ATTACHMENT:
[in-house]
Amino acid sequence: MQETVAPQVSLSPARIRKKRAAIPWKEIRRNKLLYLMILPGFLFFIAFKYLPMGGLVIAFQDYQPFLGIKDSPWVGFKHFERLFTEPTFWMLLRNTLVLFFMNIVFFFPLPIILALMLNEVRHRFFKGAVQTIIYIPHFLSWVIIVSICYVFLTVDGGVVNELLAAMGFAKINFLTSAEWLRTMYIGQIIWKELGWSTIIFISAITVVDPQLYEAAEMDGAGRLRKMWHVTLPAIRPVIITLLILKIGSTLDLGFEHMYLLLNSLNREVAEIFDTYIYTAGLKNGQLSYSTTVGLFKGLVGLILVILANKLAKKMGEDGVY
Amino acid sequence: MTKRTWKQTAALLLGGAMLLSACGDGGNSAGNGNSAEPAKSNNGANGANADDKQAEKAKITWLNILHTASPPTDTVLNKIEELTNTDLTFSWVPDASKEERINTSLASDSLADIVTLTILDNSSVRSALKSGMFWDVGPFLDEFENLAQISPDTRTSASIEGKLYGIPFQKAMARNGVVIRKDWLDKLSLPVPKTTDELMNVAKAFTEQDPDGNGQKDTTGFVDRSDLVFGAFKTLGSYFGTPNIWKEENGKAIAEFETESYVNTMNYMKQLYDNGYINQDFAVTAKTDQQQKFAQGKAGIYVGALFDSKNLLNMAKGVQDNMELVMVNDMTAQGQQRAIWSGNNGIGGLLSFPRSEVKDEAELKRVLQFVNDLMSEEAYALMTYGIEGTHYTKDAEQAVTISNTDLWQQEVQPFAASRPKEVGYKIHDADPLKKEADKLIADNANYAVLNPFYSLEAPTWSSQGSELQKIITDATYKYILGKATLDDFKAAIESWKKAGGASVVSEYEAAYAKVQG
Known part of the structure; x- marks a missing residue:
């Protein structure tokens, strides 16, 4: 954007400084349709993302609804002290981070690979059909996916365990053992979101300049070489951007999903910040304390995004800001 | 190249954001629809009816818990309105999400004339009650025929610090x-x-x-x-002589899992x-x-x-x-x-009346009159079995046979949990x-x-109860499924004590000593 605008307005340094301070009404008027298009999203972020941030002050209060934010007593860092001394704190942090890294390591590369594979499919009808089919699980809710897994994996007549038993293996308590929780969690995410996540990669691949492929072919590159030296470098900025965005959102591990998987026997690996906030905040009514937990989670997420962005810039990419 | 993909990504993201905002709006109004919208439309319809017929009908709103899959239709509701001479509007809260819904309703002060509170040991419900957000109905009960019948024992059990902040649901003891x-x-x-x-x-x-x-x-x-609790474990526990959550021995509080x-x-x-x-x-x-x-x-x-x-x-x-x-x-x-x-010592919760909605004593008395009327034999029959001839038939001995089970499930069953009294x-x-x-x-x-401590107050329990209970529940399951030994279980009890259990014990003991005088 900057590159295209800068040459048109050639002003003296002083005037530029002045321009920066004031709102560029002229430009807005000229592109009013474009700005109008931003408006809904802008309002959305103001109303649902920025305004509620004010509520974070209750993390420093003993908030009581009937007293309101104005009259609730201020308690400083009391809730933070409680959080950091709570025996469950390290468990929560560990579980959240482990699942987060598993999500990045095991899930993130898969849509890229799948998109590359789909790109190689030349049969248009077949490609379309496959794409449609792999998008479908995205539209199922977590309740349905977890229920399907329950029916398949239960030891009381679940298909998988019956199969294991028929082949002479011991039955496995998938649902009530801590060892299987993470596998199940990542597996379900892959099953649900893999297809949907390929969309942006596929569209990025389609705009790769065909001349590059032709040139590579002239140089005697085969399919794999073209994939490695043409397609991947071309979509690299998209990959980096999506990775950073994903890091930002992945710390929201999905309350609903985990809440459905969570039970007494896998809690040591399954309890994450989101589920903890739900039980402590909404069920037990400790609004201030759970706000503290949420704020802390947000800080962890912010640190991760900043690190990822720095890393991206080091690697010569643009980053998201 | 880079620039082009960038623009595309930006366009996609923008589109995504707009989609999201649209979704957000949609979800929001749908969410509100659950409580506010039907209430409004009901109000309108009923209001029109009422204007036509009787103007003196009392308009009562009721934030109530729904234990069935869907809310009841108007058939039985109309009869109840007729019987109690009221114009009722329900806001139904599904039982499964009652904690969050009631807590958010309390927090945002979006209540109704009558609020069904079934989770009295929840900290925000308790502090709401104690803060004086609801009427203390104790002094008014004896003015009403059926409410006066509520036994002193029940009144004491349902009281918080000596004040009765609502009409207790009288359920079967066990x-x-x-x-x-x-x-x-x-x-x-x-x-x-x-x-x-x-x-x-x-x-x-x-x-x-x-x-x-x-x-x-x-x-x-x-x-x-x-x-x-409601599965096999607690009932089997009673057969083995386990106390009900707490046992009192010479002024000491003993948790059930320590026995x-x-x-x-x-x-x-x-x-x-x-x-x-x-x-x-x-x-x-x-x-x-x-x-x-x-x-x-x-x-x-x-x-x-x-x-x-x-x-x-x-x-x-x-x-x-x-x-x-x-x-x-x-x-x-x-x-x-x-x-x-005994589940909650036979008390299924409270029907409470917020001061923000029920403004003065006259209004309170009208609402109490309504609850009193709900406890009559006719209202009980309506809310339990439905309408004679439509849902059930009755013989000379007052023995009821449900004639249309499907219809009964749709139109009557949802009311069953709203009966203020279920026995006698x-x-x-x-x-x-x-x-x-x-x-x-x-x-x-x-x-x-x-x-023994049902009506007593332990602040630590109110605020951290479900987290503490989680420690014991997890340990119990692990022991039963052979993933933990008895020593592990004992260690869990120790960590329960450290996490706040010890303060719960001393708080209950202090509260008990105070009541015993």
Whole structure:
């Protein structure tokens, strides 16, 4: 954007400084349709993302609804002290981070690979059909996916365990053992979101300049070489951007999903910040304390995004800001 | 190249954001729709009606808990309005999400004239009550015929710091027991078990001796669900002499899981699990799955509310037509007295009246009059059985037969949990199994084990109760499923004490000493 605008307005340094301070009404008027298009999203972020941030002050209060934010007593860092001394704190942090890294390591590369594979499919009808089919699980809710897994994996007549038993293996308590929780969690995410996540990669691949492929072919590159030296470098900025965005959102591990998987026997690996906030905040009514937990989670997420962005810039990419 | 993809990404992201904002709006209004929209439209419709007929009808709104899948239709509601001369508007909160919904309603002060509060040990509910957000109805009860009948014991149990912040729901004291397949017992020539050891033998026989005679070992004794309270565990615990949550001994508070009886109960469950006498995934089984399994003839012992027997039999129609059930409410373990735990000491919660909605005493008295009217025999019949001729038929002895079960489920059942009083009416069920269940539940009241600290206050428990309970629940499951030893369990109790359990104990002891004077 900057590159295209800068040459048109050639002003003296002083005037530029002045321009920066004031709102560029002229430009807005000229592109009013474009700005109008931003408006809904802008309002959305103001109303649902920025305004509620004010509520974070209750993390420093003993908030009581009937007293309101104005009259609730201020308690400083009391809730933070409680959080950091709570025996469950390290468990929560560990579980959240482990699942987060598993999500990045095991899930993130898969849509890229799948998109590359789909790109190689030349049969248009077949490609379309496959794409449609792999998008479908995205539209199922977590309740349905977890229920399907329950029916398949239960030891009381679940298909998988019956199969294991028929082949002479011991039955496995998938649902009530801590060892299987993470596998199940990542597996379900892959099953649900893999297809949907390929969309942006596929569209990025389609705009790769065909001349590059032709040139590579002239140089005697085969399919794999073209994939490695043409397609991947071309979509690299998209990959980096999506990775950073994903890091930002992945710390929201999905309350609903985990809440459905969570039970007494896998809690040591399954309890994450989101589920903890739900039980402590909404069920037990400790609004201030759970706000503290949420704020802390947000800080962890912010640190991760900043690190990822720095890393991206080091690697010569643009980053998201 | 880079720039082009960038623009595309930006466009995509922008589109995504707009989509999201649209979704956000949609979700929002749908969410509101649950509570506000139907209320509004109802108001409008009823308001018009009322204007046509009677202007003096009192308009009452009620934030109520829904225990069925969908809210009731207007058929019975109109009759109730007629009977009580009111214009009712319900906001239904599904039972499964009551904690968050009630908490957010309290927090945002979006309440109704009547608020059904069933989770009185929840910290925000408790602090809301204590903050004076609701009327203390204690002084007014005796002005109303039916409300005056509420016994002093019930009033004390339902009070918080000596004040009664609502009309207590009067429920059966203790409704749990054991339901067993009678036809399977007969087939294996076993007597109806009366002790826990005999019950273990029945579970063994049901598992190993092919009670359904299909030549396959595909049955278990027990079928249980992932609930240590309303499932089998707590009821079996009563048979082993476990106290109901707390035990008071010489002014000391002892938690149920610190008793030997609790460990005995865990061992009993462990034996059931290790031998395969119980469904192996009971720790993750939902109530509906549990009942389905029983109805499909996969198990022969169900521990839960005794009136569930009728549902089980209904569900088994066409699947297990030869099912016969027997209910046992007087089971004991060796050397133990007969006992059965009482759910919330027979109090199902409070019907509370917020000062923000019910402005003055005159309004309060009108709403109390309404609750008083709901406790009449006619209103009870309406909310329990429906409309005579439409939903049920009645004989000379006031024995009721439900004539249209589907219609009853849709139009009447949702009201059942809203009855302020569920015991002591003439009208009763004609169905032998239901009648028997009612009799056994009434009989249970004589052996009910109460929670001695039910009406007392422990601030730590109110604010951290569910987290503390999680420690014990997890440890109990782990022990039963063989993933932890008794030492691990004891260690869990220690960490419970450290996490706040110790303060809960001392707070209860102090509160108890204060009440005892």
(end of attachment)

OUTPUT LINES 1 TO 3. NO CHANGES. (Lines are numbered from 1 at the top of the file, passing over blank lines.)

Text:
[in-house]
Amino acid sequence: MQETVAPQVSLSPARIRKKRAAIPWKEIRRNKLLYLMILPGFLFFIAFKYLPMGGLVIAFQDYQPFLGIKDSPWVGFKHFERLFTEPTFWMLLRNTLVLFFMNIVFFFPLPIILALMLNEVRHRFFKGAVQTIIYIPHFLSWVIIVSICYVFLTVDGGVVNELLAAMGFAKINFLTSAEWLRTMYIGQIIWKELGWSTIIFISAITVVDPQLYEAAEMDGAGRLRKMWHVTLPAIRPVIITLLILKIGSTLDLGFEHMYLLLNSLNREVAEIFDTYIYTAGLKNGQLSYSTTVGLFKGLVGLILVILANKLAKKMGEDGVY
Amino acid sequence: MTKRTWKQTAALLLGGAMLLSACGDGGNSAGNGNSAEPAKSNNGANGANADDKQAEKAKITWLNILHTASPPTDTVLNKIEELTNTDLTFSWVPDASKEERINTSLASDSLADIVTLTILDNSSVRSALKSGMFWDVGPFLDEFENLAQISPDTRTSASIEGKLYGIPFQKAMARNGVVIRKDWLDKLSLPVPKTTDELMNVAKAFTEQDPDGNGQKDTTGFVDRSDLVFGAFKTLGSYFGTPNIWKEENGKAIAEFETESYVNTMNYMKQLYDNGYINQDFAVTAKTDQQQKFAQGKAGIYVGALFDSKNLLNMAKGVQDNMELVMVNDMTAQGQQRAIWSGNNGIGGLLSFPRSEVKDEAELKRVLQFVNDLMSEEAYALMTYGIEGTHYTKDAEQAVTISNTDLWQQEVQPFAASRPKEVGYKIHDADPLKKEADKLIADNANYAVLNPFYSLEAPTWSSQGSELQKIITDATYKYILGKATLDDFKAAIESWKKAGGASVVSEYEAAYAKVQG